Mid-foot running is great but where’s the speed?

Today’s run (street): 2.6 miles at 9:32

Stepping out in the Kinvaras for this morning’s run reminded me why real running shoes, even lightweight minimalist ones, serve an important purpose. I did well with my pool shoes on Sunday and had no residual aches or pains after my run but my feet felt far better during today’s run in the Sauconys. The Kinvaras are almost flat between heel and front foot but they aren’t built as low to the ground as some other lightweight trainers. The slightly higher platform allows for a little more cushioning and provides a comfortable ride. My longest run in them so far was 5.5 miles but I have no concerns about doubling that distance (except, of course, for my own limitations). It’s interesting that I’ve lost a lot of speed in the last couple of months. My first runs in the Kinvaras were under 9 minutes per mile. Now I’m averaging closer to 9:30 miles most days regardless of the shoes I wear.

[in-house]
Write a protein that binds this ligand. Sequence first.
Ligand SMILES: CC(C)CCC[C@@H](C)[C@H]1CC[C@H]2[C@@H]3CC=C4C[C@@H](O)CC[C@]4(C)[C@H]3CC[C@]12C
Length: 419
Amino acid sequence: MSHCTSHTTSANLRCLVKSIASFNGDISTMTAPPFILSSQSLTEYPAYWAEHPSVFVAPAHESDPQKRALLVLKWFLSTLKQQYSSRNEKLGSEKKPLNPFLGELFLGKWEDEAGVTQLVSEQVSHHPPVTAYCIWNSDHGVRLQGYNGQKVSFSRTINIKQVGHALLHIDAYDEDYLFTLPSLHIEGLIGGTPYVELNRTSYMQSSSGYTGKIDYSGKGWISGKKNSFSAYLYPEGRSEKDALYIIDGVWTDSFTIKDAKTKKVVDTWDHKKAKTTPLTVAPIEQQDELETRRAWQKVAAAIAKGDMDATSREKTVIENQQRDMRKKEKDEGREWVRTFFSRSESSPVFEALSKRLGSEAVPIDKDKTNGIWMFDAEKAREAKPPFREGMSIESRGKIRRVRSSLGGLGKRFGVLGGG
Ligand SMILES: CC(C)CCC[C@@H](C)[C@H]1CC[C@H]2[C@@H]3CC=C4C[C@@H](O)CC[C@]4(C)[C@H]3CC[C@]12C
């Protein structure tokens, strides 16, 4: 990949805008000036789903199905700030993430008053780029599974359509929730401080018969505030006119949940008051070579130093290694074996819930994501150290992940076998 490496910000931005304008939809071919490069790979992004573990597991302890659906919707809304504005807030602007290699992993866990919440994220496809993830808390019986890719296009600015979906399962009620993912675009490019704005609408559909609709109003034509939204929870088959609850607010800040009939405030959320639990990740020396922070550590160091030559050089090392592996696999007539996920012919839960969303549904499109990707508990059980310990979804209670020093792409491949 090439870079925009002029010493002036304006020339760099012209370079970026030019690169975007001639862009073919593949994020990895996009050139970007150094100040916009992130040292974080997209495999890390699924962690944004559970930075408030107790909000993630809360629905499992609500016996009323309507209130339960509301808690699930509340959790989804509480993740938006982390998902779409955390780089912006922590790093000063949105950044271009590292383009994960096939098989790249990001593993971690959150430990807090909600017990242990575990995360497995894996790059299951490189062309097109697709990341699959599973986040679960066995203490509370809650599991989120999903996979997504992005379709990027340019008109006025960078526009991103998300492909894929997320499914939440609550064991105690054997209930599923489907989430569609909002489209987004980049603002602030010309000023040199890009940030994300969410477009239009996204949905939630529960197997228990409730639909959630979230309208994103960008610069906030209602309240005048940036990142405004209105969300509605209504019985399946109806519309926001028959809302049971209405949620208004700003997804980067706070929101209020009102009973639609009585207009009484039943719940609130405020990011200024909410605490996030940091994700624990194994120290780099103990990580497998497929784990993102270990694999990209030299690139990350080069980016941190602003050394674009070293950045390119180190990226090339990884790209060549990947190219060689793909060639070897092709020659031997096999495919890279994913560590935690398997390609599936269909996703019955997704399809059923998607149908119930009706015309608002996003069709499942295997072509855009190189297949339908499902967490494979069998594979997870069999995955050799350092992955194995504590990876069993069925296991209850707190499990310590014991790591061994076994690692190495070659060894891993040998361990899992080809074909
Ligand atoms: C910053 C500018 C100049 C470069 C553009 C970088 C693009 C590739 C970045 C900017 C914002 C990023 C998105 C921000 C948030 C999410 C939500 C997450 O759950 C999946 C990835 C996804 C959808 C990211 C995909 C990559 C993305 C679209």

It was 85 degrees and humid when I started my run at 4:05 AM today. With no sun and a slight breeze it wasn’t bad. For some reason the Garmin foot pod always over-counts distance on the Kinvaras, probably due to the flatter angle of the upper compared to my other shoes. This translates to faster paces on the FR60 display and more distance captured. I always check my route against Gmaps to find the margin of error and saw that the indicted distance and pace (2.67 mile & 9:18/mile respectively) were overstated by 3%. I can rarely tell while running at 4 AM whether I’m tracking mid 9:00 miles or high 8’s so I’m often disappointed (and occasionally delighted) when I calculate based on Gmaps. Regardless of pace or distance I got out there in the heat and covered some good ground while reinforcing my mid foot striking style. The speed will come. I keep telling myself that.

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